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LOCK & SECURE your trailer and tow rig at Hershey !


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LOCK your trailer up !

DISABLE your tow vehicle so it cannot be stolen

If you can - back your trailer up to a barrier

of some type (another vehicle - a wall - etc.)

PARK a second vehicle in front of your tow vehicle

Several high dollar cars were stolen at Good Guys

at Indianapolis recently .... tsk.gif

Wherever you park - you are at risk

Don't be a target for thieves ..... Twocents.gif

Jim drive.gif

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Here's the story:

*** FWIW, Hagerty Insurance clients can purchase LoJack for Classics at a discount price.


4 classic vehicles stolen from 3 Indianapolis hotels after car show

The owner of the $300,000 1970 Chevrolet Chevelle apparently wasn’t the only target. Keith Parmer woke up Sunday to find that his classic car had been stolen from his box trailer parked at a hotel on Rockville Road. About three miles south, near Sam Jones Expressway, Dennis Quin watched from a hotel window as someone drove away with his custom 1949 Chevrolet truck. At another hotel on the Northeastside, Nicholas Tape found that his 1987 Chevrolet Silverado, as well as his uncle’s 1979 Chevy Short Box, were snatched, too.

All of the vehicles were brought from out of town for last weekend’s Good Guys 3rd Speedway Nationals, a car show at Indianapolis Motor Speedway. All of the vehicle are worth thousands of dollars. Wednesday, IndyStar.com and The Indianapolis Star published a story about Parmer’s Chevelle, which was stolen outside Wingate Hotel. Some readers called The Star about similar thefts.Further investigation found that at least four classic or custom vehicle were stolen Sunday. One has been found.

Quin said his wife heard a loud bang about 7 a.m. He looked out the window of the Ramada Hotel on Fortune Circle West where the couple were staying and saw that his box trailer’s ramp was down. Someone already was driving away in his car. “I was mad as heck and shocked,” Quin said. “They went over the overpass on the expressway driving like an idiot. It’s something I’m not going to forget.”

Tape’s truck, as well as his uncle’s, was stolen around the same time at Days Inn and Suites on Craig Street in Castleton. His uncle’s Chevy Short Box was found in Indianapolis on Monday, but his truck remains missing. It’s unclear if the incidents were related. The Indianapolis Metropolitan Police Department was unable to comment Wednesday night. Were the thefts a coincidence?

Consider, for instance, at La Quinta Inn on Executive Drive, just across the street from where Quin’s truck was stolen, at least two boxed trailers were broken into. One belongs to Tom Hulting of East Peoria, Ill. He said his 1947 Ford Club Coupe, which also was part of the car show, would have been stolen had he decided to put it inside his trailer instead of parking it at the front of the hotel.

Parmer said he invested about $300,000 on remodeling his Chevelle. Quin and Tape both said they spent about $30,000 on their vehicles. All have new and custom-made parts bought from across the country.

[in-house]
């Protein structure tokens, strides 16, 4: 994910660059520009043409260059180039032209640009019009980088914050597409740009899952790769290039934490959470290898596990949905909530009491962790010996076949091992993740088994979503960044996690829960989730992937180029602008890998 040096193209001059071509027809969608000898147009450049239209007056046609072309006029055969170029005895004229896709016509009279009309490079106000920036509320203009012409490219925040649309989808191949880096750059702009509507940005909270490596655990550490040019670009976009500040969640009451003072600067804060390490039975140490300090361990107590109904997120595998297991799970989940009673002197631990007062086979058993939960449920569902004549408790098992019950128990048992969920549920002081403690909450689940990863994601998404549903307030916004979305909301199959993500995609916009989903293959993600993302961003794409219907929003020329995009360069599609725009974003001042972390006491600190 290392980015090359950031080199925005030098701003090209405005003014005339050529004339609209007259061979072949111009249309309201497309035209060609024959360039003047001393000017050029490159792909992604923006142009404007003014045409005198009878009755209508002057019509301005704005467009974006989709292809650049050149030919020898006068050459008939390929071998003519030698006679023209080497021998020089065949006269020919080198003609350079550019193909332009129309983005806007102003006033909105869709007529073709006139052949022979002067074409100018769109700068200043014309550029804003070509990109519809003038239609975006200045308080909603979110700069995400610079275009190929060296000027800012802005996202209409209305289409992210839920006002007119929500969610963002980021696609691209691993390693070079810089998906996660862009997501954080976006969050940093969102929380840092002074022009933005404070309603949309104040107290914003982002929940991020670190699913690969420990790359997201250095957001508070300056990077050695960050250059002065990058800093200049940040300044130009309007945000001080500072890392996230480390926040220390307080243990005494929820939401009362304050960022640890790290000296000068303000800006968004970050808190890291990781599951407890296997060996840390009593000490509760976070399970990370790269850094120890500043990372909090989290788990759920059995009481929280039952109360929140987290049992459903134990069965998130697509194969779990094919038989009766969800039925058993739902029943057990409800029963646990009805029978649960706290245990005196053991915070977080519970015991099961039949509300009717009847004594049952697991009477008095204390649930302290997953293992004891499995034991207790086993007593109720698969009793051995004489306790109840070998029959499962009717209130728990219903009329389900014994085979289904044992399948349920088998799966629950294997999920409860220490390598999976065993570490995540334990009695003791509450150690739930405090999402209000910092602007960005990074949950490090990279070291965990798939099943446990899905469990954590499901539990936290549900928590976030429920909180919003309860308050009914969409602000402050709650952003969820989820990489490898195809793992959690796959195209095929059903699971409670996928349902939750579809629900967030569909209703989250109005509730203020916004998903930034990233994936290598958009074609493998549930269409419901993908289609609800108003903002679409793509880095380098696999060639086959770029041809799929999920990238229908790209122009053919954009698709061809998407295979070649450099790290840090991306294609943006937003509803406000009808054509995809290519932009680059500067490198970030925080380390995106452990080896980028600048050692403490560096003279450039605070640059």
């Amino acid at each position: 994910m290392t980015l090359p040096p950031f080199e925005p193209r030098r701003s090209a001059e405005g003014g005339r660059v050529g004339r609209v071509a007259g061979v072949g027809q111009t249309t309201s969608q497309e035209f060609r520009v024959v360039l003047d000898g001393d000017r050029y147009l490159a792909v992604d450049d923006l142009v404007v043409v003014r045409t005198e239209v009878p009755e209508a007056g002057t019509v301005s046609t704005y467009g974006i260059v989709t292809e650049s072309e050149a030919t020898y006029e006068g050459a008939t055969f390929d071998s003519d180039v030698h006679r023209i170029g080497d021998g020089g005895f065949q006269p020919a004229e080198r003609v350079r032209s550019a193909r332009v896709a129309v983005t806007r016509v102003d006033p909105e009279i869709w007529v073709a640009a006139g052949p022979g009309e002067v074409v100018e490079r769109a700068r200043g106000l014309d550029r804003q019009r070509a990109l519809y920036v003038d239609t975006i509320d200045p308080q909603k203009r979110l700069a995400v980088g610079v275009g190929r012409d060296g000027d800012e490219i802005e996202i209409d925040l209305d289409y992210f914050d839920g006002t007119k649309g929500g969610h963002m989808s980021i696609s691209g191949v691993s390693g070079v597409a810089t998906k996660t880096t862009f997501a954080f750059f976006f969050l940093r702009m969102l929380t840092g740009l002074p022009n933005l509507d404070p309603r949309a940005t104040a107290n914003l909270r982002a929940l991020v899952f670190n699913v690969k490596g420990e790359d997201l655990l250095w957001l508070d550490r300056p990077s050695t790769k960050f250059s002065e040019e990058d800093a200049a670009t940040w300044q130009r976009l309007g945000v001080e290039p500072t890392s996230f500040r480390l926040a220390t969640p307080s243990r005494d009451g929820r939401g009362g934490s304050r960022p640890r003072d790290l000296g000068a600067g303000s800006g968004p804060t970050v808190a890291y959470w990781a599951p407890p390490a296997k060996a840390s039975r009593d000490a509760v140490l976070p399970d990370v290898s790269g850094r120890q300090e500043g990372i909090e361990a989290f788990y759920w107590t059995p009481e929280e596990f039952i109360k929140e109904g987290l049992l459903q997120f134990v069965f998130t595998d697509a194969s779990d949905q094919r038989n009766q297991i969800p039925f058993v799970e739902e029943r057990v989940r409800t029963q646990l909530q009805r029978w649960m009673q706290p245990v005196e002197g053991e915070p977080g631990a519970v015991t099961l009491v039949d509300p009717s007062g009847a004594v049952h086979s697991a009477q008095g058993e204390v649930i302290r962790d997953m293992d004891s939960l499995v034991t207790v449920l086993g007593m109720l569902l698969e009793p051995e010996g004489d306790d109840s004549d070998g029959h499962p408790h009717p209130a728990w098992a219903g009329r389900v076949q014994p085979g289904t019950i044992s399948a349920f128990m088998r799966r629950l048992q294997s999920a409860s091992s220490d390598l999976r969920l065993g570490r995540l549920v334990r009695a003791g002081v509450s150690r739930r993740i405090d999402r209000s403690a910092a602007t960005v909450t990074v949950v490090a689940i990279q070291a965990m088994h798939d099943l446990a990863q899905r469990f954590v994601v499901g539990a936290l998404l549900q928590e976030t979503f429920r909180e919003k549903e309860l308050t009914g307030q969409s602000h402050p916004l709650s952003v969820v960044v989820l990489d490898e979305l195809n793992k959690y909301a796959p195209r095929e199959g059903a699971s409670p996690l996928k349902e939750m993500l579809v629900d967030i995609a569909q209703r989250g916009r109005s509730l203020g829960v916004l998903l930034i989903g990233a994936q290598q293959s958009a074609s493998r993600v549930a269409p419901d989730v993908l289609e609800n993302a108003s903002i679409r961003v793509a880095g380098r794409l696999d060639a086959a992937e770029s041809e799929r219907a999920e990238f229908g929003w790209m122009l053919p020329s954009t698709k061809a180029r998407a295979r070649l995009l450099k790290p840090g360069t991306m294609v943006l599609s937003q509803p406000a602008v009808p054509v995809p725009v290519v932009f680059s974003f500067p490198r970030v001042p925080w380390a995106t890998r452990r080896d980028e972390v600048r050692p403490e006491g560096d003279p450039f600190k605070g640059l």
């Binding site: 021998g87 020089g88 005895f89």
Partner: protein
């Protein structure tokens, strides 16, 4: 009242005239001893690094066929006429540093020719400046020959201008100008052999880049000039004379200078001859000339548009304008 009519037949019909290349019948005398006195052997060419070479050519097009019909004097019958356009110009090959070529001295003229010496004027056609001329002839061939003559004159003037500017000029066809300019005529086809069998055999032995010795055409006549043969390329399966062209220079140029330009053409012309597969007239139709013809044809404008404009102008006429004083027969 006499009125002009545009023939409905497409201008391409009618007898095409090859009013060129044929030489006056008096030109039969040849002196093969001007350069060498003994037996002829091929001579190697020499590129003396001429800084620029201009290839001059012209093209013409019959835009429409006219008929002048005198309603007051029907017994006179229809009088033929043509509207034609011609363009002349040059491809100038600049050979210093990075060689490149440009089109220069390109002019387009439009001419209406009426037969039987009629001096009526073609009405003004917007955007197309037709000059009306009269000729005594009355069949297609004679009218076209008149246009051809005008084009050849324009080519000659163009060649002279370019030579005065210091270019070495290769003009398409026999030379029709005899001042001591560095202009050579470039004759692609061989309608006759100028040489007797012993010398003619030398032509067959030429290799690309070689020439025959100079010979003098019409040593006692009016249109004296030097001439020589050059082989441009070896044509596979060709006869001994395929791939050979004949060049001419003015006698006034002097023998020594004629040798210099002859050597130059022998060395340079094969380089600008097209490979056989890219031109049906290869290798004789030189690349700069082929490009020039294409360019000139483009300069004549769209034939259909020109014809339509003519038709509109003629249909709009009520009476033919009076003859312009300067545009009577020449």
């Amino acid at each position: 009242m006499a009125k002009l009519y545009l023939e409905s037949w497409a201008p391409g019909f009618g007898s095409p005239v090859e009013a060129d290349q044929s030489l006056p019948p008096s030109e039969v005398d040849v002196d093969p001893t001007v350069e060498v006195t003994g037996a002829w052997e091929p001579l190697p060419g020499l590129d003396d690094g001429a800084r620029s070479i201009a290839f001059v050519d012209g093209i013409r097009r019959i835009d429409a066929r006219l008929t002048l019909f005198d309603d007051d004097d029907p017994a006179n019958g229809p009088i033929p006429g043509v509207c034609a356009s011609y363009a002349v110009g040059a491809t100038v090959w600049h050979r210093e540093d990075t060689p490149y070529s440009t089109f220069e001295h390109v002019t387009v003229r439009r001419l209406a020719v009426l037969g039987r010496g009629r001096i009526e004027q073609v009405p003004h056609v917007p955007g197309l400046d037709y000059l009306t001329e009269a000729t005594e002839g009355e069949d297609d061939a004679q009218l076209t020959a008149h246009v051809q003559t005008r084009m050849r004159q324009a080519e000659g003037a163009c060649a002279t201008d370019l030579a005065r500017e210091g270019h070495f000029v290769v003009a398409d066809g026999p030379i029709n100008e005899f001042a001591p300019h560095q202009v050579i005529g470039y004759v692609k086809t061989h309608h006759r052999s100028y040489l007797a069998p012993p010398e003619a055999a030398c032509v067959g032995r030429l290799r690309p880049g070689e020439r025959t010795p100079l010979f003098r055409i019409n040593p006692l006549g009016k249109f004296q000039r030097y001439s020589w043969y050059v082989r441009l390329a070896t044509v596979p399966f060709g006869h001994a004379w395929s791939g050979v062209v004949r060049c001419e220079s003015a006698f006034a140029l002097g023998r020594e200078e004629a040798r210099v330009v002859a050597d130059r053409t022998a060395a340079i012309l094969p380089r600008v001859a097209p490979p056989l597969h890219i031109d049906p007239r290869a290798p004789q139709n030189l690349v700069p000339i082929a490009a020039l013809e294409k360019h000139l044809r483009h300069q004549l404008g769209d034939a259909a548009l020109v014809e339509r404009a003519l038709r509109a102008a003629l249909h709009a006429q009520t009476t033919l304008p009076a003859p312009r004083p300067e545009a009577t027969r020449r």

Frank Scafidi, a spokesman for the National Crime Bureau, an Illinois-based nonprofit organization that investigates vehicle thefts and insurance fraud, said it’s likely that the vehicles have not been disassembled. A smart thief, he said, would know that a classic car has a much greater value whole rather than in pieces.

“If somebody is cutting those cars apart, then they’re cutting the value in them, which is the reason they stole it in the first place,” Scafidi said. “If somebody’s going to go through the trouble of stealing them, they would know that their value is in the complete unit.” Scafidi said thieves who steal such cars usually try to create fraudulent titles and fake vehicle identification numbers.

Average thieves, Scafidi said, usually go after cars that have something they can resell for a few bucks. But when it comes to classic cars, “they’re not going to steal that kind of vehicle unless they have someone who will pay for the whole thing.”

For the owners, any monetary loss takes a back seat to the hours spent and the emotional attachment they have with their vehicles. For Parmer, it was his lifelong dream to build his Chevelle, a reminder of his love for cars, of his childhood. He works as a car dealer in Holt, Mich. “In building this car, I see that 8-year-old standing there. There’s me and there’s that kid I was that had that passion, and I still have it today,” Parmer said Tuesday, his voice breaking. “That’s one of the things that’s driven me all these years to work so hard. My love for cars.”

For Quin, his Chevrolet is his creation. The truck’s cab extends 24 inches — a design that he made himself. He has been working on cars for 50 years and bought the vehicle from a private seller for $1,000 about a year and a half ago. “When I was a teenager, I was fascinated by them, so I got into body works,” said Quin, of Washington, Ill. “It’s my artwork, like somebody who does a painting.”

For Tape, his truck is a reminder of the hours he and his father spent working on it. He’s been building cars for 10 years, like most of his relatives. He and his father, Tim Tape, began building the Chevrolet Silverado two years ago and finished it last year. The two spent almost every night working on it. “It’s very sentimental. It’s not just a vehicle you can go out and replace tomorrow,” said Tape, an iron worker from Middleville, Mich. “My dad and I built the whole thing. There’s a lot of father-and-son time spent on that car. It definitely sucks.”

“I don’t know if I could consider it a stolen vehicle,” said Tim Tape, who has owned the truck since 1996. “It’s more like kidnapping, like it was one of our kids.”

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